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Community Essay : An Inmate's Advice: 'Follow Through on '3 Strikes'

October 31, 1994|JOHN L. ORR | Proposition 184 would reaffirm the "three strikes" law enacted in March that can impose up to a life sentence on repeat offenders. The measure is driving fear into the hearts of inmates, says JOHN L. ORR. He knows from personal observation: The former Glendale fire captain, who was convicted of arson, has been been incarcerated since July, 1992, at the Terminal Island Federal Correctional Institution in San Pedro. and

Those who question the viability of "three strikes" laws need only ask the opinion of a convicted felon.

I live with more than 1,100 of them. Terminal Island is one of the supposed "Club Fed" prisons, beachfront property with tennis courts and a theater. Let me reassure you--prison is no picnic--not at this or any other institution. Violence is only a word, or a glance, away. A seaside view from your dormitory or a two-man cell doesn't make doing time any easier.

I'm a former arson investigator and have successfully blended in with the general population so can speak as an expert on the subject of cons. I've been conning fellow inmates for two years. They don't know my background and have willingly shared their pasts with me. All they know is I'm a writer and many think their life story would make a great book, so I let them talk. And I listen, and I watch.

I watch them steal from the chow hall, offices, desks, break into vending machines and even rip off each other and sometimes, me.

I used to pride myself on being free from prejudice of any kind. Being forced to live with these animals has caused me to be biased about many, even before I meet or talk with them. I have found, almost without exception, they have a history of, and a propensity toward, trouble, dating back to childhood. They laugh about it, they are proud of the number of crimes they have gotten away with. Their crimes were a way of life. They have no concern for anyone's feelings but their own. There are few exceptions, so I generalize.

The typical inmate is slovenly, inconsiderate and perceives incarceration as a vacation from a life of crime. Three meals a day, clothing and a roof over their heads are provided. Jobs paying from $5 to more than $100 a month provide sufficient bartering power for cigarettes, snacks or drugs. Those who choose not to work, or do only the minimum to get by, will steal or terrorize others to obtain what they want. For the vast majority, this lifestyle will not change when they are released.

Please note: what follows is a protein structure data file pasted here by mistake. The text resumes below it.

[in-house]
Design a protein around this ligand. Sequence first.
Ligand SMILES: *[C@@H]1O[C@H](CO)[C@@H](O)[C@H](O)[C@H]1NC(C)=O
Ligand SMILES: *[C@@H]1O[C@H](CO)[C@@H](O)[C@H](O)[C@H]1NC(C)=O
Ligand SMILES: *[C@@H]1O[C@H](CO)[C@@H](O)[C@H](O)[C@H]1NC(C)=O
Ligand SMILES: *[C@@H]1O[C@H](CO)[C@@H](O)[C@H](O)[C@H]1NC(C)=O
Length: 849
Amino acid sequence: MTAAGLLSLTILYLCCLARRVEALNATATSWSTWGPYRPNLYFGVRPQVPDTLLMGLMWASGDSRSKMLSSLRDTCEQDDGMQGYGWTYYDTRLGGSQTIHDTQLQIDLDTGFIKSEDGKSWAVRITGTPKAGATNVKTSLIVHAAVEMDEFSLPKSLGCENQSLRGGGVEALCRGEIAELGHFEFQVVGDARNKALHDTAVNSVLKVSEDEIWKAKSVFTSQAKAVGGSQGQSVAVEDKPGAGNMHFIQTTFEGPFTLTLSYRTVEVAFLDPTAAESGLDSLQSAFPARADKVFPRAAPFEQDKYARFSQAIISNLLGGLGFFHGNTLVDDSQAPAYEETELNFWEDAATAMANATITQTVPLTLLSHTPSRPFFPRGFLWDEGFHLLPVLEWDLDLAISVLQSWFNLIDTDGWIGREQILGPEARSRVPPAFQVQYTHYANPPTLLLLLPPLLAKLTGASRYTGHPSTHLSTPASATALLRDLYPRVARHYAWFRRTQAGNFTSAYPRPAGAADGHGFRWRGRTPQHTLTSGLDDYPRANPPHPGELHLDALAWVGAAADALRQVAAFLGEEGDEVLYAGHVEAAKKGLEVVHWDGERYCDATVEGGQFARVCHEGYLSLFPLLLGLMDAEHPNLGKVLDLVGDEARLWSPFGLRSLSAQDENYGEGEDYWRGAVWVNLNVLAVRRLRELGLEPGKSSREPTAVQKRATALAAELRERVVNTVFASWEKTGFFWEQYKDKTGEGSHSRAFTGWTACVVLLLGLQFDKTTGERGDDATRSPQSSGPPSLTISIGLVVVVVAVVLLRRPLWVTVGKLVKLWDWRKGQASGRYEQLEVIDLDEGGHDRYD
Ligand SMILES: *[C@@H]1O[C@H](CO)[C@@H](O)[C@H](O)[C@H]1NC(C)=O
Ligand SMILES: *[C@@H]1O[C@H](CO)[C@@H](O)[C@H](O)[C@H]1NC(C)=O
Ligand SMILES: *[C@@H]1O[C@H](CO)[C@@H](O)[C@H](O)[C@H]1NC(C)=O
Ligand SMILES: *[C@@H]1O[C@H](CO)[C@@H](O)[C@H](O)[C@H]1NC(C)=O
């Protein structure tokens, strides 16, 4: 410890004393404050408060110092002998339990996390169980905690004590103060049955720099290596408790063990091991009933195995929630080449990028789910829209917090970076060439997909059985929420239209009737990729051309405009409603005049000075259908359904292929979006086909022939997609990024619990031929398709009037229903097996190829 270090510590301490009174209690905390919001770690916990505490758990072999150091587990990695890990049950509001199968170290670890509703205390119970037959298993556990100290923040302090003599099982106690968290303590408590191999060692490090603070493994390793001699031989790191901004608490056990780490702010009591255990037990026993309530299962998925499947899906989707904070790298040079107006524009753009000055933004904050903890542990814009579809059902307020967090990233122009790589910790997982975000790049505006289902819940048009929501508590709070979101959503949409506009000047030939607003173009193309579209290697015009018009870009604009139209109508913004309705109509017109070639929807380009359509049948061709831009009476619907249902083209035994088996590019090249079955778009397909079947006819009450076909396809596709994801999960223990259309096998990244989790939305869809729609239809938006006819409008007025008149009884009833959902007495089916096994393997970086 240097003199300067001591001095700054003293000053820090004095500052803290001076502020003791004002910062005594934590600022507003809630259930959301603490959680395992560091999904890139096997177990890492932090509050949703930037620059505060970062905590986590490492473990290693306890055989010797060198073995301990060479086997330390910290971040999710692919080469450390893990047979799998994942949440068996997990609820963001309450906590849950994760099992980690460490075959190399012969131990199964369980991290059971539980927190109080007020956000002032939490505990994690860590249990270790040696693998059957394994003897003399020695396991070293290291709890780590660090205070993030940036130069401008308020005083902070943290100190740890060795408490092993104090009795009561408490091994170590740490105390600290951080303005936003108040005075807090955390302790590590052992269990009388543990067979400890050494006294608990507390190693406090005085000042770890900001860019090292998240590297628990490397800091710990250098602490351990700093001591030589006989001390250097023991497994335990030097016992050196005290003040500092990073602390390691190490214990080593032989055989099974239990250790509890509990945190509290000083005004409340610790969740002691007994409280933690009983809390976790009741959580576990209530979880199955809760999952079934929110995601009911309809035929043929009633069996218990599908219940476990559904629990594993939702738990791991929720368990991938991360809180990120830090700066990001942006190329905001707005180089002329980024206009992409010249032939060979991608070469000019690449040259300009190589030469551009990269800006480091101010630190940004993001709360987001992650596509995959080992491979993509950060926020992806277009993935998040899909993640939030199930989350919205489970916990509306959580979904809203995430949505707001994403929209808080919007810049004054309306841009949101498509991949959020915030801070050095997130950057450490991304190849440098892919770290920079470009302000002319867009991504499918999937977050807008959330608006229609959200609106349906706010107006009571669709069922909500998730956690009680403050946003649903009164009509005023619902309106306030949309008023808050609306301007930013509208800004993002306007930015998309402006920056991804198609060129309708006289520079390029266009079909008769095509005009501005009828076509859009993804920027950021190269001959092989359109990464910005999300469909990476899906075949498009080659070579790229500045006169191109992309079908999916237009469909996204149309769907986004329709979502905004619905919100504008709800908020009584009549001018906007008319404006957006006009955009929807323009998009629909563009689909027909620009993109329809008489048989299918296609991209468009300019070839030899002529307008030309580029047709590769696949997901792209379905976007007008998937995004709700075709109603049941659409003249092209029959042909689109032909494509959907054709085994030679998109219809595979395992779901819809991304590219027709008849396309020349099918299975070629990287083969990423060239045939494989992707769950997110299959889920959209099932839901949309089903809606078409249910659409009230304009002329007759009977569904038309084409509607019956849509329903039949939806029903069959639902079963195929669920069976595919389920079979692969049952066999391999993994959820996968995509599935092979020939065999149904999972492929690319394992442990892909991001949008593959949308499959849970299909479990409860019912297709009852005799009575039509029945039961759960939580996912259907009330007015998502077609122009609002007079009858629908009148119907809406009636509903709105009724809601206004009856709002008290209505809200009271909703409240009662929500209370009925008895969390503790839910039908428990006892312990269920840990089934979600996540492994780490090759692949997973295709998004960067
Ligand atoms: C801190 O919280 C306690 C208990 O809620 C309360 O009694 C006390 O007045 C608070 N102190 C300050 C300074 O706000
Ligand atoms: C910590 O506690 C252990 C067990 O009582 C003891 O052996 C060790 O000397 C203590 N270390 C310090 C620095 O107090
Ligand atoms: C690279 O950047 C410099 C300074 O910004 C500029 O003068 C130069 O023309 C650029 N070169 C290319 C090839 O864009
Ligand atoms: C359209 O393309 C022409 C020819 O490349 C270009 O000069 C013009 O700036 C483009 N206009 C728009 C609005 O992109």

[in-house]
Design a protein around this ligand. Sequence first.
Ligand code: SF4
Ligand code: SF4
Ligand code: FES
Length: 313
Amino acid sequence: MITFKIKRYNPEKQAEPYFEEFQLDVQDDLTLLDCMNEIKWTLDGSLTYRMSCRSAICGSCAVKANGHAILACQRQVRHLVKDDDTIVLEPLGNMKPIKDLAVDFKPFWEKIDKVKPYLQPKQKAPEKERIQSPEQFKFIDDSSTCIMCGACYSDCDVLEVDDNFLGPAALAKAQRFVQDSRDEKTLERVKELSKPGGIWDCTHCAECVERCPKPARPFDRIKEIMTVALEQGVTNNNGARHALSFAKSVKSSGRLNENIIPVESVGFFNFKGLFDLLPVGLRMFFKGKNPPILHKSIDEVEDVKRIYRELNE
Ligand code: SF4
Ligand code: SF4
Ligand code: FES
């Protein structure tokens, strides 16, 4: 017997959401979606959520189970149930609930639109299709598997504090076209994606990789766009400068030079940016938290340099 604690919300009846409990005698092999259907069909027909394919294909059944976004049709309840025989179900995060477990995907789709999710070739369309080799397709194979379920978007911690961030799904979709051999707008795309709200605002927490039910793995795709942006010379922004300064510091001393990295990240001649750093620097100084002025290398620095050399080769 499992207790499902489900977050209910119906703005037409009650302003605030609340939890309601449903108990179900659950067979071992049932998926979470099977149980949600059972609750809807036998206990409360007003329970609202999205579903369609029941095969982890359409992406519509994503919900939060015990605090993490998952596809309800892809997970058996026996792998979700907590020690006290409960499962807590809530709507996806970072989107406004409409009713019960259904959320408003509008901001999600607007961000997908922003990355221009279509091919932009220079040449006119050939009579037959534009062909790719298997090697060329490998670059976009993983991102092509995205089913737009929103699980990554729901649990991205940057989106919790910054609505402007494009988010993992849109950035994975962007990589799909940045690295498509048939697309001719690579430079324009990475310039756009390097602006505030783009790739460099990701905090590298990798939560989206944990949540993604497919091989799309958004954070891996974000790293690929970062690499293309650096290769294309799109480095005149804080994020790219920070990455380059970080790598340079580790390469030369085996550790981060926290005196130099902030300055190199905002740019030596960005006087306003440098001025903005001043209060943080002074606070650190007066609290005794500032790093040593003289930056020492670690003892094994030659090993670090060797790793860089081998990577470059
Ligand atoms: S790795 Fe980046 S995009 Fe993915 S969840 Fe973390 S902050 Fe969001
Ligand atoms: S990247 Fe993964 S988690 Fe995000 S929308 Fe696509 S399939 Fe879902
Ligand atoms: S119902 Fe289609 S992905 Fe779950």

There are many who eat only once a day to avoid the chow hall lines. Waiting in these lines is tense, and close exposure to others is to be avoided. Inmates smoke, spit on the ground and floor constantly, cut in line, break wind and indiscriminately throw trash down--and this is just in the chow hall. The theater is the same. You cannot escape them.

There are few opportunities to better yourself in prison. Vocational and educational programs seldom fill their classrooms. The average inmate isn't interested. However, there is a substantial effort made to force all prisoners to obtain at least a GED (high school equivalency degree), but the end result is questionable.

Our TV rooms are seldom quiet. The cubicles double as game rooms, conference chambers, soapboxes and drug stores. The noise is constant, except when "three strikes" is discussed on the tube. Jaws drop, eyes focus on the screen and Camels burn down to blister fingers.

They are scared. Even after the TV segment is over, silence prevails and only a few expletives are uttered. I find it reassuring. Maybe there is some light at the end of the tunnel.

Since I am middle-aged, I tend to hang out with similar individuals. My observations show most criminals start to mellow between 35 and 40 years of age. They have learned patience, respect and tend to be motivated to make the system work for them upon release. With little or no rehabilitative efforts made by institutions, it appears the typical repeat offender finally tires of the prison rat race and caves in to conformity. There is a tremendous respect for each other among older inmates. Gang affiliations and prejudice fade, and even the younger prisoners seem to have respect for these father figures.

If you make it more uncomfortable for them on the inside, maybe one prison stay will be enough for some. If they want to get out, make them earn it by good behavior on the inside. I say build more prisons, incarcerate longer. The public should not have to tolerate violent, despicable behavior, or any form of law-breaker typical of what I see in here every day. Follow through on "three strikes." This "captive audience" is paying attention.

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